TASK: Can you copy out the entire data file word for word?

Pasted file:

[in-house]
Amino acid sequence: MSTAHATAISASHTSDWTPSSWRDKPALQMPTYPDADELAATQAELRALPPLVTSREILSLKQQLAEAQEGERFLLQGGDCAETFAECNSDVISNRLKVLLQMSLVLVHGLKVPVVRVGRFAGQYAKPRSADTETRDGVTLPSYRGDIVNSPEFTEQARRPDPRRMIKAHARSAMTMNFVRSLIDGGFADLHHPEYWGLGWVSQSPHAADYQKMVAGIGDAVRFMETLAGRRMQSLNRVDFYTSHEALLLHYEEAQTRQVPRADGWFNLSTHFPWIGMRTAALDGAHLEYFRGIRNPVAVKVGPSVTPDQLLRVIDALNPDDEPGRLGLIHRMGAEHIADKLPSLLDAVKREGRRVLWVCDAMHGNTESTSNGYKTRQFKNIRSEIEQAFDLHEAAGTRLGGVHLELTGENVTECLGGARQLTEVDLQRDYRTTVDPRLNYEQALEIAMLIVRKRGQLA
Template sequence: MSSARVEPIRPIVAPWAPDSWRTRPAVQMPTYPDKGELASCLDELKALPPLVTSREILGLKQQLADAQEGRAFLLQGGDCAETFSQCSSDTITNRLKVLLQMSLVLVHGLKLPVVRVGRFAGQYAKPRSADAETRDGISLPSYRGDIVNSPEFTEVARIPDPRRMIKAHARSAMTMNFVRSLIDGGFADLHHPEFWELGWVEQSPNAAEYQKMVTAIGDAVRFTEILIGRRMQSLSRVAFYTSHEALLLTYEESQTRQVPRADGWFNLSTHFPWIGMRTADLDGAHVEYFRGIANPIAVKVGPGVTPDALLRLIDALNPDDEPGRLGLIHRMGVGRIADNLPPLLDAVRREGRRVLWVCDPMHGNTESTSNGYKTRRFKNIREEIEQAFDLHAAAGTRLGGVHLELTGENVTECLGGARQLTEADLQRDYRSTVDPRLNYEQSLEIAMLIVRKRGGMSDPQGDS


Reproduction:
[in-house]
Amino acid sequence: MSTAHATAISASHTSDWTPSSWRDKPALQMPTYPDADELAATQAELRALPPLVTSREILSLKQQLAEAQEGERFLLQGGDCAETFAECNSDVISNRLKVLLQMSLVLVHGLKVPVVRVGRFAGQYAKPRSADTETRDGVTLPSYRGDIVNSPEFTEQARRPDPRRMIKAHARSAMTMNFVRSLIDGGFADLHHPEYWGLGWVSQSPHAADYQKMVAGIGDAVRFMETLAGRRMQSLNRVDFYTSHEALLLHYEEAQTRQVPRADGWFNLSTHFPWIGMRTAALDGAHLEYFRGIRNPVAVKVGPSVTPDQLLRVIDALNPDDEPGRLGLIHRMGAEHIADKLPSLLDAVKREGRRVLWVCDAMHGNTESTSNGYKTRQFKNIRSEIEQAFDLHEAAGTRLGGVHLELTGENVTECLGGARQLTEVDLQRDYRTTVDPRLNYEQALEIAMLIVRKRGQLA
Template sequence: MSSARVEPIRPIVAPWAPDSWRTRPAVQMPTYPDKGELASCLDELKALPPLVTSREILGLKQQLADAQEGRAFLLQGGDCAETFSQCSSDTITNRLKVLLQMSLVLVHGLKLPVVRVGRFAGQYAKPRSADAETRDGISLPSYRGDIVNSPEFTEVARIPDPRRMIKAHARSAMTMNFVRSLIDGGFADLHHPEFWELGWVEQSPNAAEYQKMVTAIGDAVRFTEILIGRRMQSLSRVAFYTSHEALLLTYEESQTRQVPRADGWFNLSTHFPWIGMRTADLDGAHVEYFRGIANPIAVKVGPGVTPDALLRLIDALNPDDEPGRLGLIHRMGVGRIADNLPPLLDAVRREGRRVLWVCDPMHGNTESTSNGYKTRRFKNIREEIEQAFDLHAAAGTRLGGVHLELTGENVTECLGGARQLTEADLQRDYRSTVDPRLNYEQSLEIAMLIVRKRGGMSDPQGDS